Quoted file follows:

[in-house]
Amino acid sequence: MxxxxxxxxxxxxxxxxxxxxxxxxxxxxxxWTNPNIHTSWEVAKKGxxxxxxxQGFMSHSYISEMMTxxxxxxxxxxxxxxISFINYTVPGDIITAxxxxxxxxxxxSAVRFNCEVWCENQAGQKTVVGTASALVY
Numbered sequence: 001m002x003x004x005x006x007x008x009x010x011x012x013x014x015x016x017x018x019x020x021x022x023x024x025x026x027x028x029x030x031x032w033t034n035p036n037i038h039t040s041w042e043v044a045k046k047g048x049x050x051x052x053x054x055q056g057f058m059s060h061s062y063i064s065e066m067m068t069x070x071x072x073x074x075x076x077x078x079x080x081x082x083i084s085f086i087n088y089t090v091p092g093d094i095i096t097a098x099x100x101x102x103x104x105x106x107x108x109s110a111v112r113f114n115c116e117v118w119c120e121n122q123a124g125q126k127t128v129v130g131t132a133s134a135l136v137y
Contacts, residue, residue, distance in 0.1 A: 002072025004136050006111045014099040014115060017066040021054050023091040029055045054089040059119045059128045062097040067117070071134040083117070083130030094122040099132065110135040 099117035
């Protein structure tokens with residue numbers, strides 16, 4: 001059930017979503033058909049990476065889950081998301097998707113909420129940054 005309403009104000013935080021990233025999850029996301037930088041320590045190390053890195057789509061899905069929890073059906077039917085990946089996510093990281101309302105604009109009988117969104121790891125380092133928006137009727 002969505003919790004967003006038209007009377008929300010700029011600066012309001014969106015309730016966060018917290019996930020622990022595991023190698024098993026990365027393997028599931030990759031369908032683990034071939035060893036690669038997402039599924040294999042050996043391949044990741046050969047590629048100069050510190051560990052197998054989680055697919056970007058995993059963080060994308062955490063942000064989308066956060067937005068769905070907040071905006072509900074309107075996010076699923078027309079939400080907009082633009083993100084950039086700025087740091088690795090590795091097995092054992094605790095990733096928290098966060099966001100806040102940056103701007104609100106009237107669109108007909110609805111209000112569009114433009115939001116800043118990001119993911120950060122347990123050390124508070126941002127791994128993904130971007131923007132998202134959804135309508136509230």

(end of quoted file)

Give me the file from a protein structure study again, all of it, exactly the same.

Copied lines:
[in-house]
Amino acid sequence: MxxxxxxxxxxxxxxxxxxxxxxxxxxxxxxWTNPNIHTSWEVAKKGxxxxxxxQGFMSHSYISEMMTxxxxxxxxxxxxxxISFINYTVPGDIITAxxxxxxxxxxxSAVRFNCEVWCENQAGQKTVVGTASALVY
Numbered sequence: 001m002x003x004x005x006x007x008x009x010x011x012x013x014x015x016x017x018x019x020x021x022x023x024x025x026x027x028x029x030x031x032w033t034n035p036n037i038h039t040s041w042e043v044a045k046k047g048x049x050x051x052x053x054x055q056g057f058m059s060h061s062y063i064s065e066m067m068t069x070x071x072x073x074x075x076x077x078x079x080x081x082x083i084s085f086i087n088y089t090v091p092g093d094i095i096t097a098x099x100x101x102x103x104x105x106x107x108x109s110a111v112r113f114n115c116e117v118w119c120e121n122q123a124g125q126k127t128v129v130g131t132a133s134a135l136v137y
Contacts, residue, residue, distance in 0.1 A: 002072025004136050006111045014099040014115060017066040021054050023091040029055045054089040059119045059128045062097040067117070071134040083117070083130030094122040099132065110135040 099117035
């Protein structure tokens with residue numbers, strides 16, 4: 001059930017979503033058909049990476065889950081998301097998707113909420129940054 005309403009104000013935080021990233025999850029996301037930088041320590045190390053890195057789509061899905069929890073059906077039917085990946089996510093990281101309302105604009109009988117969104121790891125380092133928006137009727 002969505003919790004967003006038209007009377008929300010700029011600066012309001014969106015309730016966060018917290019996930020622990022595991023190698024098993026990365027393997028599931030990759031369908032683990034071939035060893036690669038997402039599924040294999042050996043391949044990741046050969047590629048100069050510190051560990052197998054989680055697919056970007058995993059963080060994308062955490063942000064989308066956060067937005068769905070907040071905006072509900074309107075996010076699923078027309079939400080907009082633009083993100084950039086700025087740091088690795090590795091097995092054992094605790095990733096928290098966060099966001100806040102940056103701007104609100106009237107669109108007909110609805111209000112569009114433009115939001116800043118990001119993911120950060122347990123050390124508070126941002127791994128993904130971007131923007132998202134959804135309508136509230």